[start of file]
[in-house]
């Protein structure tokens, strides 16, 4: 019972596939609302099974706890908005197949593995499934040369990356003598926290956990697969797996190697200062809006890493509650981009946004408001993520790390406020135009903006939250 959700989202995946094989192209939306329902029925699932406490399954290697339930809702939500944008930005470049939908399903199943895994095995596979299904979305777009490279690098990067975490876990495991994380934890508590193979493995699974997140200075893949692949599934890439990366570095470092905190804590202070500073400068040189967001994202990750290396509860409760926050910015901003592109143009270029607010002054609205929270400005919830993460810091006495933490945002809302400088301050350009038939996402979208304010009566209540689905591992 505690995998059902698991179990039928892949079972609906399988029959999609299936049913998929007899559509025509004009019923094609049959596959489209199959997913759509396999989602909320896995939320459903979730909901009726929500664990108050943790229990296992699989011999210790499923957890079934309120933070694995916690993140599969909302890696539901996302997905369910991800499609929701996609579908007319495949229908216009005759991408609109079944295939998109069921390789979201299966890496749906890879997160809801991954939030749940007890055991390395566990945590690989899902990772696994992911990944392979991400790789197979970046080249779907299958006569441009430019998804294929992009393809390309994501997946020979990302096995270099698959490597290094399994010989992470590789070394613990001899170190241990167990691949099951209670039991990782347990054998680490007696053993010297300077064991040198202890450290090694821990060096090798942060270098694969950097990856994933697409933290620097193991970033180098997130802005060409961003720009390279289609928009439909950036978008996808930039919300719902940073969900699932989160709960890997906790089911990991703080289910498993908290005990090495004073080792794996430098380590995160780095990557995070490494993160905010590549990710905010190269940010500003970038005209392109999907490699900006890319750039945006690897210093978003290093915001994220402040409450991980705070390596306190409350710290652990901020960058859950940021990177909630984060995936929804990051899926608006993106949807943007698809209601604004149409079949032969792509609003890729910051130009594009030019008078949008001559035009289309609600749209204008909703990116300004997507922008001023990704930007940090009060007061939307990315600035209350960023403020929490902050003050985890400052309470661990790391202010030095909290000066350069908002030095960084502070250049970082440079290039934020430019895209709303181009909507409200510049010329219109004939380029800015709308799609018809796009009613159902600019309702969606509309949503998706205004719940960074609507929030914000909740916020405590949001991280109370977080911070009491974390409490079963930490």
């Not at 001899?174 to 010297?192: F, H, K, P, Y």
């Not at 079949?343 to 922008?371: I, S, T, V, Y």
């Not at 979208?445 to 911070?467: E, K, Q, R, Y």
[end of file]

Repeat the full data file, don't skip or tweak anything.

[in-house]
């Protein structure tokens, strides 16, 4: 019972596939609302099974706890908005197949593995499934040369990356003598926290956990697969797996190697200062809006890493509650981009946004408001993520790390406020135009903006939250 959700989202995946094989192209939306329902029925699932406490399954290697339930809702939500944008930005470049939908399903199943895994095995596979299904979305777009490279690098990067975490876990495991994380934890508590193979493995699974997140200075893949692949599934890439990366570095470092905190804590202070500073400068040189967001994202990750290396509860409760926050910015901003592109143009270029607010002054609205929270400005919830993460810091006495933490945002809302400088301050350009038939996402979208304010009566209540689905591992 505690995998059902698991179990039928892949079972609906399988029959999609299936049913998929007899559509025509004009019923094609049959596959489209199959997913759509396999989602909320896995939320459903979730909901009726929500664990108050943790229990296992699989011999210790499923957890079934309120933070694995916690993140599969909302890696539901996302997905369910991800499609929701996609579908007319495949229908216009005759991408609109079944295939998109069921390789979201299966890496749906890879997160809801991954939030749940007890055991390395566990945590690989899902990772696994992911990944392979991400790789197979970046080249779907299958006569441009430019998804294929992009393809390309994501997946020979990302096995270099698959490597290094399994010989992470590789070394613990001899170190241990167990691949099951209670039991990782347990054998680490007696053993010297300077064991040198202890450290090694821990060096090798942060270098694969950097990856994933697409933290620097193991970033180098997130802005060409961003720009390279289609928009439909950036978008996808930039919300719902940073969900699932989160709960890997906790089911990991703080289910498993908290005990090495004073080792794996430098380590995160780095990557995070490494993160905010590549990710905010190269940010500003970038005209392109999907490699900006890319750039945006690897210093978003290093915001994220402040409450991980705070390596306190409350710290652990901020960058859950940021990177909630984060995936929804990051899926608006993106949807943007698809209601604004149409079949032969792509609003890729910051130009594009030019008078949008001559035009289309609600749209204008909703990116300004997507922008001023990704930007940090009060007061939307990315600035209350960023403020929490902050003050985890400052309470661990790391202010030095909290000066350069908002030095960084502070250049970082440079290039934020430019895209709303181009909507409200510049010329219109004939380029800015709308799609018809796009009613159902600019309702969606509309949503998706205004719940960074609507929030914000909740916020405590949001991280109370977080911070009491974390409490079963930490």
């Not at 001899?174 to 010297?192: F, H, K, P, Y």
């Not at 079949?343 to 922008?371: I, S, T, V, Y």
């Not at 979208?445 to 911070?467: E, K, Q, R, Y």